Soon after he completed the Ethics , Spinoza was visited by several important people, including Ehrenfried Walter von Tschirnhaus in , a scientist and philosopher, and Gottfried Wilhelm Leibniz in , who was, like Spinoza, one of the leading rationalists of the time. Leibniz, having heard of Spinoza as an authority on optics, had sent him an optical tract and had then received from Spinoza a copy of the Tractatus Theologico-Politicus , which deeply interested him.
He died in , leaving no heir, and his few possessions were sold at auction. They included about books, the catalog of which has been preserved. Spinoza has an assured place in the intellectual history of the Western world. Because his philosophical system was completely severed from any specific religious or historical perspective, and because he was strongly opposed to any form of supernaturalism, he was almost universally misunderstood and denounced as an atheist for nearly a century after his death.
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Benedict de Spinoza. Brand new Book. The only complete edition in English of Baruch Spinoza's works, this volume features Samuel Shirley's preeminent translations, distinguished at once by the lucidity and fluency with which they convey the flavor and meaning of Spinoza's original texts.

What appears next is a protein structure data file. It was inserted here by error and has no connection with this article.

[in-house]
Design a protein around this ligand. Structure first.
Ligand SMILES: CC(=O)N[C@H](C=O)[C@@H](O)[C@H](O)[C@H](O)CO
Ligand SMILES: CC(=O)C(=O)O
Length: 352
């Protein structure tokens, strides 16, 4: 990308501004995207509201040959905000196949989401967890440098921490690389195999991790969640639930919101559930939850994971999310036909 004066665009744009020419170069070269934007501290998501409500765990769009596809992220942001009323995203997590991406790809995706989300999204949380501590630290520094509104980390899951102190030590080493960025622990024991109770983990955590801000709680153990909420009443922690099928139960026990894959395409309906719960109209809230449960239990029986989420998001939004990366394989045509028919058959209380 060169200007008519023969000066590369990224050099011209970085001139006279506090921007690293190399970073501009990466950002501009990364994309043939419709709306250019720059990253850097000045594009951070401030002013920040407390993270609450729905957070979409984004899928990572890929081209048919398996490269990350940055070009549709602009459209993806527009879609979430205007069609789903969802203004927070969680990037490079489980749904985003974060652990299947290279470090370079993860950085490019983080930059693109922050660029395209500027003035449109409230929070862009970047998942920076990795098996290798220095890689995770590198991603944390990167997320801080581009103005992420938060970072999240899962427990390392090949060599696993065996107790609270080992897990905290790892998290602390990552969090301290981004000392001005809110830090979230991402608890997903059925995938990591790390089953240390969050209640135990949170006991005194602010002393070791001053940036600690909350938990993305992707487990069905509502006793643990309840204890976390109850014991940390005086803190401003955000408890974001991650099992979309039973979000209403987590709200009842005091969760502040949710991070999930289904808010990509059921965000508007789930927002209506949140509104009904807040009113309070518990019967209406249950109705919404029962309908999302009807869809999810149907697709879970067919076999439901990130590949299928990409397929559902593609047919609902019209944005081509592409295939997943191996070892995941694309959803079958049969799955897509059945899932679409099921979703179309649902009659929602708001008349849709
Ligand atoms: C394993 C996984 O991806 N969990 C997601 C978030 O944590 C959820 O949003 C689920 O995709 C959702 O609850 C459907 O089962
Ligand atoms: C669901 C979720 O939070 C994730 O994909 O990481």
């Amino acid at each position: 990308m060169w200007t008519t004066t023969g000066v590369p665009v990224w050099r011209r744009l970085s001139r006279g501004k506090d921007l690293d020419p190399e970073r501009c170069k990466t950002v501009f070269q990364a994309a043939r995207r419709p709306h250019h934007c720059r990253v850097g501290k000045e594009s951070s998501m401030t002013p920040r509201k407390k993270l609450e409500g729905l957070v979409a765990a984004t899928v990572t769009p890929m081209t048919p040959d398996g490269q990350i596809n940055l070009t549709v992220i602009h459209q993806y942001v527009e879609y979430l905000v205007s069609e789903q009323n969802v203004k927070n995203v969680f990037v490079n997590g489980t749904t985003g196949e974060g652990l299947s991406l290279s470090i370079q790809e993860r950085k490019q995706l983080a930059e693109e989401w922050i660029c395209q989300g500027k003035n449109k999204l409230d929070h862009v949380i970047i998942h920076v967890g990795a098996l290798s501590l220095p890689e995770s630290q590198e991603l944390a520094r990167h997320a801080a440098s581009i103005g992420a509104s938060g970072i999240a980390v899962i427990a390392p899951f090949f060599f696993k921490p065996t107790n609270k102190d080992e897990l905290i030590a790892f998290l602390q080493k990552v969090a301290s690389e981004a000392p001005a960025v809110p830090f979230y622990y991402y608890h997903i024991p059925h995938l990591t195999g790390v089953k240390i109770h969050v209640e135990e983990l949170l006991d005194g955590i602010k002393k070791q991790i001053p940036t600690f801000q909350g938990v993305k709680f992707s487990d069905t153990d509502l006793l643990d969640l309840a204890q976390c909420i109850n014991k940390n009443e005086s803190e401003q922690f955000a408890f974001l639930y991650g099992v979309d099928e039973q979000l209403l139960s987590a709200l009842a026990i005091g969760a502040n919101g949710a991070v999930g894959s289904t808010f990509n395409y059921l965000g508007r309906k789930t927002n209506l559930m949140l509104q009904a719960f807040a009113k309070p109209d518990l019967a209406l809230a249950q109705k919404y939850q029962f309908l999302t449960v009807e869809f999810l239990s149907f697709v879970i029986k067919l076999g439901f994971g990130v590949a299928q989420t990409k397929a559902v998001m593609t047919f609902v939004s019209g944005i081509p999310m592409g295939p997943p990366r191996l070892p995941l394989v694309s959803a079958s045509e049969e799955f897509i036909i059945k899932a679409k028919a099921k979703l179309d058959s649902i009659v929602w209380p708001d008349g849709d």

Morgan provides a general introduction that places Spinoza in Western philosophy and culture and sketches the philosophical, scientific, religious, moral and political dimensions of Spinoza's thought. Morgan's brief introductions to each work give a succinct historical, biographical, and philosophical overview. Seller Inventory AAZ Book Description Condition: New. Bookseller Inventory ST Seller Inventory ST New copy - Usually dispatched within 2 working days. Seller Inventory B Book Description Hardback. Not Signed; The only complete edition in English of Baruch Spinoza's works, this volume features Samuel Shirleys preeminent translations, distinguished at once by the lucidity and fluency with which they convey the flavor and meaning of Spinozas original texts.
Morgan provides a general introduction. Seller Inventory M Spinoza: Complete Works. Baruch Spinoza. Publisher: Hackett Publishing Company, Inc. This specific ISBN edition is currently not available. View all copies of this ISBN edition:.